Let’s begin from the start. When Singapore was a very young nation, the government decided to implement mathematics and science into the education system so as to increase the rate of growth of our nation by rapid industrialization which required skills such as proficiency in mathematics and a basic knowledge of scientific concepts. This has to this date remained an integral part of our education system, training critical thinking and the ability of students to solve problems. However, this has caused some students to start feeling doubtful of the subject, some of them even strongly dislike these subjects. I myself have questioned the reason for us to study math and even engaged in a debate with my dad, finally conceding to the fact that mathematics is useful to me.

For a start, lets talk about mathematics. Math used to my second most hated subject in the 4 core subjects (Math, Mother tongue, English and Science). The reason for this hatred? The very nature of mathematics. Math is very repetitive in nature and requires a lot of practice. Without sufficient practice, one may find the subject extremely difficult. In fact, practice is the only way one can master mathematics. Sometimes math may seem useless. Algebra for instance seemed useless to me at the start of last year. I always wondered “Why would i ever need to factorize anything in real life?”. Over time i realized that math was actually very important in real life. Physics requires the use of a lot of math. I also found the fun in math. However it still ranks third in my 4 core subjects. (I still love my English and of course my science).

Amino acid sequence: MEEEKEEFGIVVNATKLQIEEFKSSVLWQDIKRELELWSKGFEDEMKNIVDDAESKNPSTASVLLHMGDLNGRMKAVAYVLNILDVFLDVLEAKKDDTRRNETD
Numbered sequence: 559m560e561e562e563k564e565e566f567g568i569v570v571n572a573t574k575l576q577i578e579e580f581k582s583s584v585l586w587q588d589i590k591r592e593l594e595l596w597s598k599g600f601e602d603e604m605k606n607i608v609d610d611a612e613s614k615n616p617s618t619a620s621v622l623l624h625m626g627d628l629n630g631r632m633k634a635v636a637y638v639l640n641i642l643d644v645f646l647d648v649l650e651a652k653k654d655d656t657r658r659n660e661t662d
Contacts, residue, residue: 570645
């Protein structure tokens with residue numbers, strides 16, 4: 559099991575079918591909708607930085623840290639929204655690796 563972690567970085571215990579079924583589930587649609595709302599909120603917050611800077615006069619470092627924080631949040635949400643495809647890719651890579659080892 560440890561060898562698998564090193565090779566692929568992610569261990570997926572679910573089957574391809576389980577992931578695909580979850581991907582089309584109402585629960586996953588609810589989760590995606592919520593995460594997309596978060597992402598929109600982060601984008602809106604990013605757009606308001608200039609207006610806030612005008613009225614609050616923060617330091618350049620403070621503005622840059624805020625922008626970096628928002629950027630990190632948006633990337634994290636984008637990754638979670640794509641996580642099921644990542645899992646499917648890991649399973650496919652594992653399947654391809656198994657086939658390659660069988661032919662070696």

Now on to the core of this post, why do people dislike science? I found out that the reason lies in others’ perception of the subject. People perceive science as an extremely difficult subject and they stay away from it. In some cases, this fear of the difficulty of science causes their standard of the subject to drop. They get intimidated and they stop trying. I have to admit, i was daunted by secondary school mathematics at first. However after analyzing the subject at a deeper level, i see its beauty and its importance. This then motivated me to try to understand the key concepts rather than just learning how to do the questions. This is also another problem: the fact that students learn only what is required and not trying to progress further. Science is a very broad subject and there are may areas in which people might be interested in. I actually do not like parts of physics. Although its my favorite subject, i still hate certain topics (especially optics). If you stop at what is required of you, you might just miss the interesting parts. The only other reason why people might not like the subject is because of the way that it is being taught. As for this, you might want to consider approaching your friends or your teacher to further inquire. I used to ask many questions and that is what caused me to like science so much. To this day, i’m still asking plenty of questions and it certainly helps in my learning process.